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1557 records – page 1 of 156.

3D simulation as a tool for improving the safety culture during remediation work at Andreeva Bay.

https://arctichealth.org/en/permalink/ahliterature265458
Source
J Radiol Prot. 2014 Dec;34(4):755-73
Publication Type
Article
Date
Dec-2014
Author
K. Chizhov
M K Sneve
I. Szoke
I. Mazur
N K Mark
I. Kudrin
N. Shandala
A. Simakov
G M Smith
A. Krasnoschekov
A. Kosnikov
I. Kemsky
V. Kryuchkov
Source
J Radiol Prot. 2014 Dec;34(4):755-73
Date
Dec-2014
Language
English
Publication Type
Article
Keywords
Decontamination - methods
Hazardous Waste Sites
Imaging, Three-Dimensional - methods
Models, organizational
Norway
Organizational Culture
Radiation Monitoring - methods
Radiation Protection - methods
Radioactive Waste - prevention & control
Russia
Safety Management - organization & administration
Abstract
Andreeva Bay in northwest Russia hosts one of the former coastal technical bases of the Northern Fleet. Currently, this base is designated as the Andreeva Bay branch of Northwest Center for Radioactive Waste Management (SevRAO) and is a site of temporary storage (STS) for spent nuclear fuel (SNF) and other radiological waste generated during the operation and decommissioning of nuclear submarines and ships. According to an integrated expert evaluation, this site is the most dangerous nuclear facility in northwest Russia. Environmental rehabilitation of the site is currently in progress and is supported by strong international collaboration. This paper describes how the optimization principle (ALARA) has been adopted during the planning of remediation work at the Andreeva Bay STS and how Russian-Norwegian collaboration greatly contributed to ensuring the development and maintenance of a high level safety culture during this process. More specifically, this paper describes how integration of a system, specifically designed for improving the radiological safety of workers during the remediation work at Andreeva Bay, was developed in Russia. It also outlines the 3D radiological simulation and virtual reality based systems developed in Norway that have greatly facilitated effective implementation of the ALARA principle, through supporting radiological characterisation, work planning and optimization, decision making, communication between teams and with the authorities and training of field operators.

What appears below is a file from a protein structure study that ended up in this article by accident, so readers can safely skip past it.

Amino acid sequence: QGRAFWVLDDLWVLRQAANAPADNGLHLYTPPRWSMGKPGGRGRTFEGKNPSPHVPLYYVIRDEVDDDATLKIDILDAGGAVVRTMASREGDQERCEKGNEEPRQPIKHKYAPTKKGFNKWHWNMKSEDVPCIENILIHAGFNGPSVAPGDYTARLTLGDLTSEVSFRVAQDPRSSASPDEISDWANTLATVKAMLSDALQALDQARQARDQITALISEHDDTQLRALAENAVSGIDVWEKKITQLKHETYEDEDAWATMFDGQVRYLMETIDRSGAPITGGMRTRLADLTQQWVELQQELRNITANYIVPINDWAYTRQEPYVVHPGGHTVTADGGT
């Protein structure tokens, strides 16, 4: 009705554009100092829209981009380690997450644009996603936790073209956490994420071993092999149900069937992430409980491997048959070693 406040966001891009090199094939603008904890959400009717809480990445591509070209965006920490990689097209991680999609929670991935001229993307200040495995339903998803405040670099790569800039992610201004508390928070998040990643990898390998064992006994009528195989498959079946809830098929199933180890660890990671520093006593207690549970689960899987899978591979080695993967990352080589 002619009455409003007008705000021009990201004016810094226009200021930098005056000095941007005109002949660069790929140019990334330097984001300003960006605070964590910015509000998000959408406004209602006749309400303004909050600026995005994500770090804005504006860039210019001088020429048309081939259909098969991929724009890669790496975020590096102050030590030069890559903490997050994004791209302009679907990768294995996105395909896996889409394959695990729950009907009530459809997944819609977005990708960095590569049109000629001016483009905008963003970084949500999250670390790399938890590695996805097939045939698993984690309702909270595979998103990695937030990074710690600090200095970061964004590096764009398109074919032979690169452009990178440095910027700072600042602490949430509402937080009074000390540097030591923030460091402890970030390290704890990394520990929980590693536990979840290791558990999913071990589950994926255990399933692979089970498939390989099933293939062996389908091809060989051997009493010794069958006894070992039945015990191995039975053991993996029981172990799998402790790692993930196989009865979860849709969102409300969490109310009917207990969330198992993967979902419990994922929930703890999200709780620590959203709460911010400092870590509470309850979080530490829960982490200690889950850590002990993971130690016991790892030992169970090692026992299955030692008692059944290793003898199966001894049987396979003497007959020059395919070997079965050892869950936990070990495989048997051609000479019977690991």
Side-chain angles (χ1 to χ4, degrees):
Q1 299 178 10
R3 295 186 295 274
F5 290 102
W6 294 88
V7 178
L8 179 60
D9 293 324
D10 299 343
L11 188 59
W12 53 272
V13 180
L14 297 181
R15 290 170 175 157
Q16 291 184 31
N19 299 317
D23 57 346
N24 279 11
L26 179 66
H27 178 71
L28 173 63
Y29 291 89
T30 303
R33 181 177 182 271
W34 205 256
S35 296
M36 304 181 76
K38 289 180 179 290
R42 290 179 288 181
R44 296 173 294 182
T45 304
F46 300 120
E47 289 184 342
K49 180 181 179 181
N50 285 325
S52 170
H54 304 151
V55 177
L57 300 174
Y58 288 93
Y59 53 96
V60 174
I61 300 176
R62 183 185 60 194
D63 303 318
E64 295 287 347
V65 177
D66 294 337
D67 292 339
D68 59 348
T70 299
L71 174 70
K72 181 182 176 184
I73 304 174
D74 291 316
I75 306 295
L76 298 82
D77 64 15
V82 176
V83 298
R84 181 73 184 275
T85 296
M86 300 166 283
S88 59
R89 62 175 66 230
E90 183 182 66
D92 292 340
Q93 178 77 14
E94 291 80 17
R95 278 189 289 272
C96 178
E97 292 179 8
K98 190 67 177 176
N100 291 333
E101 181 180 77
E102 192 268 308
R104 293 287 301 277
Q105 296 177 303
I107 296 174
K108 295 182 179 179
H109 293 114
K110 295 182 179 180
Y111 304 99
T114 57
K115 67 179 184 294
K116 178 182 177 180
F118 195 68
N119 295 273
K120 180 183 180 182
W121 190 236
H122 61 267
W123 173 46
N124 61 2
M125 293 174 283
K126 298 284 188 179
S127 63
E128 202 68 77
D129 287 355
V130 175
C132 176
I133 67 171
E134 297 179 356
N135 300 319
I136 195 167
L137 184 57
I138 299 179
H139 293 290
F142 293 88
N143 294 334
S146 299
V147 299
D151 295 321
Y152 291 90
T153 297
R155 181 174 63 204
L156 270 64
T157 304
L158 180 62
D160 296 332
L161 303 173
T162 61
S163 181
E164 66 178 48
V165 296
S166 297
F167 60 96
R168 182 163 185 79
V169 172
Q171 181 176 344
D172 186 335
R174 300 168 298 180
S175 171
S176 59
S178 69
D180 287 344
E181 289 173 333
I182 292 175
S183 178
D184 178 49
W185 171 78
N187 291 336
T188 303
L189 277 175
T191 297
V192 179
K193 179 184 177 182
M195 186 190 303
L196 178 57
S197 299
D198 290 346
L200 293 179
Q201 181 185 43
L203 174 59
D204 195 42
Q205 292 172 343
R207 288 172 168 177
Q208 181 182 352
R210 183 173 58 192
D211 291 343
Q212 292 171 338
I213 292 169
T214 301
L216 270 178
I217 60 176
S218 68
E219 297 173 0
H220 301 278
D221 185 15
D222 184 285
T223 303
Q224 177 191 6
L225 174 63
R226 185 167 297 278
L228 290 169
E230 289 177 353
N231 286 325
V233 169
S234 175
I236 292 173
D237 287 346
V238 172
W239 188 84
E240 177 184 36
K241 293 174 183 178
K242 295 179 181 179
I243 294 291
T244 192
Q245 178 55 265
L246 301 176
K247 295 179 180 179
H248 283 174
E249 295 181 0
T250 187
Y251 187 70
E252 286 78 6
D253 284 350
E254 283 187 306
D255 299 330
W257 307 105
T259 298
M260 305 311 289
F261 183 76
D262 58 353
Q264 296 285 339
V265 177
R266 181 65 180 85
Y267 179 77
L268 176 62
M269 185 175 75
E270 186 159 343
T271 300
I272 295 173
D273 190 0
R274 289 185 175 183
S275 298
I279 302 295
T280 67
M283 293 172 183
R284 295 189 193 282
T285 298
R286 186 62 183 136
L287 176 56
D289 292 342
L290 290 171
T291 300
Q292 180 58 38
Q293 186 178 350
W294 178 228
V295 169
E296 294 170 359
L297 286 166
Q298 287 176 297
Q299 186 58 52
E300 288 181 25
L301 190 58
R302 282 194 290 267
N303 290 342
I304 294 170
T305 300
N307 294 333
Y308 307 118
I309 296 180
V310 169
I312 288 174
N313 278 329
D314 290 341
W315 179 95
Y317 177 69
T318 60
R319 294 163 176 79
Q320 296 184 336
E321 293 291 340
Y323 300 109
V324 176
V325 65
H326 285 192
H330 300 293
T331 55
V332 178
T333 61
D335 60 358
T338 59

PubMed ID
25254659 View in PubMed
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A 12-year National Study of Suicide by Jumping From Bridges in Norway.

https://arctichealth.org/en/permalink/ahliterature293093
Source
Arch Suicide Res. 2017 Oct-Dec; 21(4):568-576
Publication Type
Journal Article
Author
Aleksandra Sæheim
Ingebjørg Hestetun
Erlend Mork
Latha Nrugham
Lars Mehlum
Source
Arch Suicide Res. 2017 Oct-Dec; 21(4):568-576
Language
English
Publication Type
Journal Article
Keywords
Adolescent
Adult
Aged
Environment Design - statistics & numerical data
Female
Humans
Male
Middle Aged
Norway
Registries
Suicide - prevention & control - statistics & numerical data